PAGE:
In one of the classes that I’ve regularly facilitated, we do an activity called “The Parking Space.” Participants are given a role-play scenario in which two people have to compete for a single parking space. One person is running late for a job interview, and the other is running late for a meeting with an important client. As one tries to back into the parking space, the other is trying to pull forward into it. The two people get out of their cars and negotiate to see who gets the space.
What’s really interesting about the interaction isn’t who gets the space or even how they get it (and I’ve heard some really creative and unethical methods of coercion). It’s that in the process of overpowering their adversary for the space, both people completely forget what their primary goals were – getting the job or making the meeting. It never dawns on them that time is ticking away as they bicker about who gets to park where. Each person fights for a win-lose outcome, but what they end up with is lose-lose, because the parking space is moot by the time they miss their respective appointments.
The role-play is an excellent example of sacrificing a Big “G” Goal (making the appointment) in order to achieve a little “g” goal (getting the parking space). It sounds crazy, but we do it all the time.
- We pull out all the stops to win the argument but forget that we are trying to build the relationship.
- We prevent our top performers from transferring to other departments in order to protect our team’s productivity and end up losing them because there is no room for advancement.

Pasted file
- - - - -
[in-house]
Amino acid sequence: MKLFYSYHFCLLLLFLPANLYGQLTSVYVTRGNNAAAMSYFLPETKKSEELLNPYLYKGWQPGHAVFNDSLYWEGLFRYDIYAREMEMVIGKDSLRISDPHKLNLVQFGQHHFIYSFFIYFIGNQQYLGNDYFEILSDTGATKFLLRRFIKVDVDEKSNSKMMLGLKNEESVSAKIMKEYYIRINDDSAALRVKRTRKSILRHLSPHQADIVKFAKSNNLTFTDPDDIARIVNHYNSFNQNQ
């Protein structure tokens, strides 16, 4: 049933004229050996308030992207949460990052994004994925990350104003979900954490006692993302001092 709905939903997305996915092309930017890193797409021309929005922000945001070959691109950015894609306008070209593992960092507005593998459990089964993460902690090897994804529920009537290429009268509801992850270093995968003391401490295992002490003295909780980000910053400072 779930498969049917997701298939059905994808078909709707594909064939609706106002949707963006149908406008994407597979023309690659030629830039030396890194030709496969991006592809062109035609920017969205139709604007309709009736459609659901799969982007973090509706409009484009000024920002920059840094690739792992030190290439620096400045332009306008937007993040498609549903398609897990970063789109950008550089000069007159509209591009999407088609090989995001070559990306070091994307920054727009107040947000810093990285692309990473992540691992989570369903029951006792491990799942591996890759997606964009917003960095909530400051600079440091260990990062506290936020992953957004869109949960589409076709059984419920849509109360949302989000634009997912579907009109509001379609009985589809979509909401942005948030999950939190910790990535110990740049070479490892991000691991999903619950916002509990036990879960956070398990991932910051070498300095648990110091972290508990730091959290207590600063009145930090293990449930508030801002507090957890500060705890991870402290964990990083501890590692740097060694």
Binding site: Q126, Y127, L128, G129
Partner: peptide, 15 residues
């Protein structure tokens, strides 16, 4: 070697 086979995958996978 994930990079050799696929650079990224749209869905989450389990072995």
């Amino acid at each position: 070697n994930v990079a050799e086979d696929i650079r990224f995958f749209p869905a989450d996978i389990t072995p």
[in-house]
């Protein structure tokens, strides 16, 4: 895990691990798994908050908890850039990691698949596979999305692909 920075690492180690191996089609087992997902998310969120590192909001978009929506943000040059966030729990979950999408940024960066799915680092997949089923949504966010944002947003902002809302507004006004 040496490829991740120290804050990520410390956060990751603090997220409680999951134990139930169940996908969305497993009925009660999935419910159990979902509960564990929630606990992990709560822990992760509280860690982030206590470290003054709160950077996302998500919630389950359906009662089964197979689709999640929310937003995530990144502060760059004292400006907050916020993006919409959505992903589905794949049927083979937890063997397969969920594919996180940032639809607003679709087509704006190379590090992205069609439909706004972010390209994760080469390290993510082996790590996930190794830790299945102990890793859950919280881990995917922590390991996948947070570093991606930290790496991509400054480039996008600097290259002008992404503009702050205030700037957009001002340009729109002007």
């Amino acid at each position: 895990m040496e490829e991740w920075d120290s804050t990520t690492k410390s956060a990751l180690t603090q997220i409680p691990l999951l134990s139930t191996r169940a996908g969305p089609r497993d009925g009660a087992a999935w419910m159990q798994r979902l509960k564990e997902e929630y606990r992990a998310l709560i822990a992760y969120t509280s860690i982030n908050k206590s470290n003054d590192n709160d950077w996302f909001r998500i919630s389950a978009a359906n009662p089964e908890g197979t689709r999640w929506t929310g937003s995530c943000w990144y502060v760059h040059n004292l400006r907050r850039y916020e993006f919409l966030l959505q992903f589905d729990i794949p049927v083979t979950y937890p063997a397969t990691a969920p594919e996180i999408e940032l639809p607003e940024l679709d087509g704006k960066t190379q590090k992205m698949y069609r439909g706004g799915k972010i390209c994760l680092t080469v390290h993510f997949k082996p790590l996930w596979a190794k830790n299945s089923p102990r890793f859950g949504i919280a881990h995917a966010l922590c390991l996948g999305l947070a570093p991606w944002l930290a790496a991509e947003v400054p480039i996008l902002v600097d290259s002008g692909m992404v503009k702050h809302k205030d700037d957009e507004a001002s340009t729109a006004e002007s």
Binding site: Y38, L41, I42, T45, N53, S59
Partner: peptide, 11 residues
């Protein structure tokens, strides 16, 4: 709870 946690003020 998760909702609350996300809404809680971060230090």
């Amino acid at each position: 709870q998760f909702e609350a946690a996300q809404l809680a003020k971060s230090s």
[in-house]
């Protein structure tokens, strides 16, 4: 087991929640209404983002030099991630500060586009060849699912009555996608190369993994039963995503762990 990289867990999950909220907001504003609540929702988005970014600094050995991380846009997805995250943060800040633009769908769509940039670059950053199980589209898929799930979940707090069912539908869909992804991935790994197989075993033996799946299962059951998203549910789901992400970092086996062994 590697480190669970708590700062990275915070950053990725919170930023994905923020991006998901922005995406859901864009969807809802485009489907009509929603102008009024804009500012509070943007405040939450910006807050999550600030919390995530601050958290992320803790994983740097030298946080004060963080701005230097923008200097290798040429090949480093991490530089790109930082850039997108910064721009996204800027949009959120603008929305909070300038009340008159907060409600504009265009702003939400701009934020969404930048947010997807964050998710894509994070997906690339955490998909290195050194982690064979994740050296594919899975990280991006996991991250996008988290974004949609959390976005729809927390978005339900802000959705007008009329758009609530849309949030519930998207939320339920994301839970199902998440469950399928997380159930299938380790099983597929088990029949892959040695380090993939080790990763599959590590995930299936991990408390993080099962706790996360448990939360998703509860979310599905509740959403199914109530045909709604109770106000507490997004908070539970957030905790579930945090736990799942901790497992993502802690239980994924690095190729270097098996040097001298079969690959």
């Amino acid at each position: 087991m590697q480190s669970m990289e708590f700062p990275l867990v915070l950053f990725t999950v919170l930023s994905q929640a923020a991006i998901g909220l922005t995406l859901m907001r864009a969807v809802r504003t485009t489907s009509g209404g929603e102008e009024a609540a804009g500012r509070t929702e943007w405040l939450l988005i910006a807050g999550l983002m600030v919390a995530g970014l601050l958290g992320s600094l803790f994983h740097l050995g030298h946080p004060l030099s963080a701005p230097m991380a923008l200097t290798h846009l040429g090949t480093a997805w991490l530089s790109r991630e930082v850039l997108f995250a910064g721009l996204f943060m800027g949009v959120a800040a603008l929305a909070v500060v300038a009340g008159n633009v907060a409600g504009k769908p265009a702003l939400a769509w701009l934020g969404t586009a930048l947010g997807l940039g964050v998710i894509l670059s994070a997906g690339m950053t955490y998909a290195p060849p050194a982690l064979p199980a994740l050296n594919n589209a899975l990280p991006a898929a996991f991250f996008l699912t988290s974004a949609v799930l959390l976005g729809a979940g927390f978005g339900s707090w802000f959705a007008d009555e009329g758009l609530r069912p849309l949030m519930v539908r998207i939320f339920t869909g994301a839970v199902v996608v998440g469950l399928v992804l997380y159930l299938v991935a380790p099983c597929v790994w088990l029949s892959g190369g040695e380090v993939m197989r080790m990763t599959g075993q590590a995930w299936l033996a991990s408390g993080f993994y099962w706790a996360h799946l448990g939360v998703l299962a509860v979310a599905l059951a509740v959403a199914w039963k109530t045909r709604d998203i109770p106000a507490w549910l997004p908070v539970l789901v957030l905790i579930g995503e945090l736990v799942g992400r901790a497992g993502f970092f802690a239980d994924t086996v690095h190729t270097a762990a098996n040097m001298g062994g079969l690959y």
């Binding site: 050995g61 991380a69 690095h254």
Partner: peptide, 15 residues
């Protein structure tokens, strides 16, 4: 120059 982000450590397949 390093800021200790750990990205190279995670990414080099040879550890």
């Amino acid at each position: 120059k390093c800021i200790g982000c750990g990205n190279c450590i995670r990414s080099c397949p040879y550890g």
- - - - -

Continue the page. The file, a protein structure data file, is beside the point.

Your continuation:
- We refuse to share information with another group because they haven’t reciprocated in the past and lose sight of the fact that we work for the same company.
- We cut services back in order to reduce expenses and succeed in chasing off our customers.
- We invent rules for a small percentage of “law-breakers” and ultimately punish the 99.9% of people who want to do the right thing but can’t get anything done because of the excessive red-tape.
- We turn drill sergeant with our kids to get them ready in the morning and manage to ruin everyone’s day as we head out the door for a family event.
- We argue with our neighbors over property rights and forget that we were trying to win them to Christ.
Our problem is that we are so focused on what’s before us that we can’t see the big picture. We are intent on winning battles, but our short-term focus is losing us the wars. If we could keep our eyes on the Big “G” Goals, what a difference it would make in our lives, in our work and in our ministries!
We would have so much more grace for people who don’t act the way we want them to act. We would be able to keep a healthy perspective on the minor things that don’t go our way. We would make better decisions in the moment as we assessed the impact of those decisions on our Big “G” goals.
Where is it that you have gotten seduced by the urgency of little “g” goals? How could you maintain your focus on the the bigger picture? A long-range focus informs better decision making in the moment. It takes practice, but if you’re like me, you’ve got plenty of opportunities.